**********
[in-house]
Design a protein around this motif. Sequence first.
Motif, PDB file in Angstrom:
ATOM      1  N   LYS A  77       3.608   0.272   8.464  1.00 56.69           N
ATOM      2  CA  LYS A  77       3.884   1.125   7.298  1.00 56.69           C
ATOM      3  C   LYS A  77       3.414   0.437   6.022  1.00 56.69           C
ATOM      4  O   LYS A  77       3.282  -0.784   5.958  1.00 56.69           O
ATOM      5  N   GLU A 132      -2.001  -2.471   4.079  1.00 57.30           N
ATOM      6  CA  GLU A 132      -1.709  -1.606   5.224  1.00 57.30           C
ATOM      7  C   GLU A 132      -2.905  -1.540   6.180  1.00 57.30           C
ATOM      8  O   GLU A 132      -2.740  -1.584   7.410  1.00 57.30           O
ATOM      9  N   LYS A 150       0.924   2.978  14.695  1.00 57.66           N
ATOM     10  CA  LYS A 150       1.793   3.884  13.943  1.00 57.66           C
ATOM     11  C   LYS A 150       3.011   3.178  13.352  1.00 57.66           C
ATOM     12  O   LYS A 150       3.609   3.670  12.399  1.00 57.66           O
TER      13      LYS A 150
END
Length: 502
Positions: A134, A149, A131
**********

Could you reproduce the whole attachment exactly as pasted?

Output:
[in-house]
Design a protein around this motif. Sequence first.
Motif, PDB file in Angstrom:
ATOM      1  N   LYS A  77       3.608   0.272   8.464  1.00 56.69           N
ATOM      2  CA  LYS A  77       3.884   1.125   7.298  1.00 56.69           C
ATOM      3  C   LYS A  77       3.414   0.437   6.022  1.00 56.69           C
ATOM      4  O   LYS A  77       3.282  -0.784   5.958  1.00 56.69           O
ATOM      5  N   GLU A 132      -2.001  -2.471   4.079  1.00 57.30           N
ATOM      6  CA  GLU A 132      -1.709  -1.606   5.224  1.00 57.30           C
ATOM      7  C   GLU A 132      -2.905  -1.540   6.180  1.00 57.30           C
ATOM      8  O   GLU A 132      -2.740  -1.584   7.410  1.00 57.30           O
ATOM      9  N   LYS A 150       0.924   2.978  14.695  1.00 57.66           N
ATOM     10  CA  LYS A 150       1.793   3.884  13.943  1.00 57.66           C
ATOM     11  C   LYS A 150       3.011   3.178  13.352  1.00 57.66           C
ATOM     12  O   LYS A 150       3.609   3.670  12.399  1.00 57.66           O
TER      13      LYS A 150
END
Length: 502
Positions: A134, A149, A131